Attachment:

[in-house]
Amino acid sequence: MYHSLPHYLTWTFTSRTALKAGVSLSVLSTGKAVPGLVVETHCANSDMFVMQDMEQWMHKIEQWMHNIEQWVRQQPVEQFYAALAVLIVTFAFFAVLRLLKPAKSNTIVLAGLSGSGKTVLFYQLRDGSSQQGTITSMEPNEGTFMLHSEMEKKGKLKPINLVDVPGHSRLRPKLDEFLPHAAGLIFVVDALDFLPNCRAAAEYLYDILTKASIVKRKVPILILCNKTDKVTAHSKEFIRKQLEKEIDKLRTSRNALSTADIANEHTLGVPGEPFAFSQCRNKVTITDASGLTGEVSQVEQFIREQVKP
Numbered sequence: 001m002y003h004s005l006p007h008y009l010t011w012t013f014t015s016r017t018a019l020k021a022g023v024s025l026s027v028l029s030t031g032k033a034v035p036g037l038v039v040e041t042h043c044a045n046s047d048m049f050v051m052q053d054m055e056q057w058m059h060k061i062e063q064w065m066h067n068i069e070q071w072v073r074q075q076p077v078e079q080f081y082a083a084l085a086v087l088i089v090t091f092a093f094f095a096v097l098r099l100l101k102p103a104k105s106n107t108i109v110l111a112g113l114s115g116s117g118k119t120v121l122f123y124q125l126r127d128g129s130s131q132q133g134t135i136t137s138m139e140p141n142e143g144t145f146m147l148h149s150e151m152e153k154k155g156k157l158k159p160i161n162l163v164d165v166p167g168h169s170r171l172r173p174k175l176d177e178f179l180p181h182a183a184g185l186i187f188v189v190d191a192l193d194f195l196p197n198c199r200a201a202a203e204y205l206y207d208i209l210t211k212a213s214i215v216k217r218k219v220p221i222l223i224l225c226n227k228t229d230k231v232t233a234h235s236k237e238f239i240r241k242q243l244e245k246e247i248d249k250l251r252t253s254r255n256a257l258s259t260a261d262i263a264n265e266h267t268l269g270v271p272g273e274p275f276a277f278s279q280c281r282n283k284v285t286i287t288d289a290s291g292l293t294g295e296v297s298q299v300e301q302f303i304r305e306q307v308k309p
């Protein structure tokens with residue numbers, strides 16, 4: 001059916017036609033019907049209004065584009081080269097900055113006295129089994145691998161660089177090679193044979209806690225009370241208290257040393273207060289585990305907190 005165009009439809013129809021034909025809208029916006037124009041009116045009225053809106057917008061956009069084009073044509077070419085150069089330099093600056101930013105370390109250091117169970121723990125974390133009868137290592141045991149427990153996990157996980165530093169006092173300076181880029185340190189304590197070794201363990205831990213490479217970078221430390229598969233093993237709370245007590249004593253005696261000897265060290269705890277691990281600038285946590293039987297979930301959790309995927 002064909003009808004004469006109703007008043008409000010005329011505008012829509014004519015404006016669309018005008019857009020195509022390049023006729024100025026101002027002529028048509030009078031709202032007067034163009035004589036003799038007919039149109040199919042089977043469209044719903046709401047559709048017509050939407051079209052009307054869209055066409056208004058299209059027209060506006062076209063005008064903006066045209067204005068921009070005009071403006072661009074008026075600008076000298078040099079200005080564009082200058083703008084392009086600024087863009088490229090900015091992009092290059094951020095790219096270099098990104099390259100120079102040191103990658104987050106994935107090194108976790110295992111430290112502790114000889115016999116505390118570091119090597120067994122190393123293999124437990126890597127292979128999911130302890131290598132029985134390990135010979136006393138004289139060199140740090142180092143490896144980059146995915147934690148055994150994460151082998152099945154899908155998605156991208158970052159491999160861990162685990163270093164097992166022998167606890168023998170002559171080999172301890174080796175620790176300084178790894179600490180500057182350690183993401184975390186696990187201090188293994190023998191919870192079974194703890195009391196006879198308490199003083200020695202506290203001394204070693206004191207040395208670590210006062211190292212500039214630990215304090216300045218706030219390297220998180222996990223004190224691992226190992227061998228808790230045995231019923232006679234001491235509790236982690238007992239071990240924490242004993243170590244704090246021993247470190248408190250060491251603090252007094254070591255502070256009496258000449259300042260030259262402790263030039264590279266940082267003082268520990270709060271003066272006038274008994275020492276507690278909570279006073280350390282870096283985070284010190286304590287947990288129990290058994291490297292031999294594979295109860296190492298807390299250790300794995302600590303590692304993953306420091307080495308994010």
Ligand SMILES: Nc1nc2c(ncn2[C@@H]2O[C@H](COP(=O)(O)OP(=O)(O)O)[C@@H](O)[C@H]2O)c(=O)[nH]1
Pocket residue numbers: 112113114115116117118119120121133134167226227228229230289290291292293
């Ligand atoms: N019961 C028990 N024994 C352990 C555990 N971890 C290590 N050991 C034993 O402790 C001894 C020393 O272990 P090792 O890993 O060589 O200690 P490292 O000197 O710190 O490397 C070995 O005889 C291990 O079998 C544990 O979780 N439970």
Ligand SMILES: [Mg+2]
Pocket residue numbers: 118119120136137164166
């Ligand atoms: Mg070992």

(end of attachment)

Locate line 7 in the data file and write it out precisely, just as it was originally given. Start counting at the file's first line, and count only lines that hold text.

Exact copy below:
């Ligand atoms: N019961 C028990 N024994 C352990 C555990 N971890 C290590 N050991 C034993 O402790 C001894 C020393 O272990 P090792 O890993 O060589 O200690 P490292 O000197 O710190 O490397 C070995 O005889 C291990 O079998 C544990 O979780 N439970």